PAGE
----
The recent 2012 documentary film “The Other Dream Team” marked a new high in the exposure of Lithuania’s love of basketball to the world through its thorough history of competition mixed with the emotions of conflict in the Baltic nation.
The 1992 Lithuanian national basketball team pictured in Barcelona. Photo courtesy of Lou Capozzola

American-born director Marius Markevicius has received an amount of well deserved recognition nevertheless the 90-minute film, targeting the journey of the Lithuanian national basketball team to the 1992 Olympic podium, also sparked a small handful of criticism post-production.

Amongst the disappointment shared by Lithuanian basketball fanatics was the vague recollection of the Independent nation’s first Olympic match against China which took place on this day in sport.
Prior Lithuanians would be forced to represent the USSR team; as a result names such as Stonkus, Petkevičius, Butautas and Paulauskas were ignorantly labeled “Russian” throughout the Cold war.

Interestingly, Lithuania was still an Independent nation during the time of the inaugural Olympic basketball tournament in 1936 however the entire nation would not be invited by the hosts, Nazi Germany, due to the Memelland-Klaipėda region controversy.

The US would take out the inaugural title in Berlin, ironically under the leadership of Pranas Lubinas (an American born Lithuanian legend).

Therefore with so much Lithuanian glory already embedded in the history of Olympic basketball, expectations of the small European nation would be astronomical on this day in Barcelona.

As for the result…

Lithuania, a country of 3 million survivors of Soviet Occupation, would out muscle the world’s highest populated nation 112:75 in a one sided affair.

In what would be his second of three Olympic tournaments, Rimas Kurtinaitis would pour 31-points in Lithuania’s victory off the back of his seven steals.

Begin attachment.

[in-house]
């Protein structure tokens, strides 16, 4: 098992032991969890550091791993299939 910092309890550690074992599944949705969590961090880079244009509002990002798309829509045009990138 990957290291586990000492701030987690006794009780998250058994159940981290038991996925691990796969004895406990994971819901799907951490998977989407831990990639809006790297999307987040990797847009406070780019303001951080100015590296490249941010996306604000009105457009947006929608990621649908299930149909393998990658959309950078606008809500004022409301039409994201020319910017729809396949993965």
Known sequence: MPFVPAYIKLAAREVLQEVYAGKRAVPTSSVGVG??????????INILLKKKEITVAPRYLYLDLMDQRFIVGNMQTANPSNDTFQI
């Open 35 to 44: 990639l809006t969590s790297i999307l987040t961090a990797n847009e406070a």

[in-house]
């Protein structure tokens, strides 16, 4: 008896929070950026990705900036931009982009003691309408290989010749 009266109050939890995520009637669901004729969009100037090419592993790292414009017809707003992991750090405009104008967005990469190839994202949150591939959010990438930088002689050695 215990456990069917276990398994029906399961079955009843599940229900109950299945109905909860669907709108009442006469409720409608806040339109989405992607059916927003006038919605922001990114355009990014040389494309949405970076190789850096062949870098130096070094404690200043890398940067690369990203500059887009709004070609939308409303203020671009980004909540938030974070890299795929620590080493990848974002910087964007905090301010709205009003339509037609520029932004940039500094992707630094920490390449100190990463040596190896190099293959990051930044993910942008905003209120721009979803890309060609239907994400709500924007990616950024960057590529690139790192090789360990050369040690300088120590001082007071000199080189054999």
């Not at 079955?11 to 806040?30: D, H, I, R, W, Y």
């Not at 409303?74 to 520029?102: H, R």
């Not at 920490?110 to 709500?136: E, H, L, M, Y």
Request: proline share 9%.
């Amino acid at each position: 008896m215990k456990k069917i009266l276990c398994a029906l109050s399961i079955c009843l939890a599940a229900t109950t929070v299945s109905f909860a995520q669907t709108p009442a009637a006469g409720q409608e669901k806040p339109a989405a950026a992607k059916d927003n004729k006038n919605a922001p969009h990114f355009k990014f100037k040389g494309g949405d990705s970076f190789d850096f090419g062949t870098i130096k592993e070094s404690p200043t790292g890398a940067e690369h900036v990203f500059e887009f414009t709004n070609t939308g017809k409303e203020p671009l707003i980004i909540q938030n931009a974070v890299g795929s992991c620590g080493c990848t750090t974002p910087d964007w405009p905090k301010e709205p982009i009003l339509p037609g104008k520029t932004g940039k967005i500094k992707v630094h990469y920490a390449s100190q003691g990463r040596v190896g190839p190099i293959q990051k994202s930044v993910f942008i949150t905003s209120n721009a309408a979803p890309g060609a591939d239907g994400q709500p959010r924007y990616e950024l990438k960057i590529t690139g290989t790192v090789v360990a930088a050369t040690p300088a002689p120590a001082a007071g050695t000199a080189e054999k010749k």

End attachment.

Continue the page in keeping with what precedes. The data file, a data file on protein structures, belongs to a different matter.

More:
Only Šarūnas Marčiulionis had scored more in an Olympic match (32 v. Puerto Rico, 1988) in the Lithuanian team at the time, he would record 15-points and 12-assists on this day.

Though Arūnas Visockas would only play in two Olympic matches throughout his career, he would debut alongside Gintaras Krapikas against China and the two would combine for 23-points.

208cm tall center Gintaras Einikis also made his debut on this night, he would go onto to play in all three of Lithuania’s podium finishing Olympic tournaments.

Twelve years after last playing off in an Olympic tournament, 37-year-old Sergėjus Jovaiša also featured on this day as did 33-year-old Valdemaras Chomičius.

The veteran pair would combine for 8-points however their former Žalgiris (Kaunas) teammate would have a night to remember…

Arvydas Sabonis would not only step up to the Olympic stage with his 19-points but the big friendly giant would also conquer the statistics by recording 14-rebounds, almost four times more than any other player on the court.

Lithuania would go onto claim the Bronze medal in this tournament as many already know while China would finish 12th as the only nation unable to win a match in the tournament.

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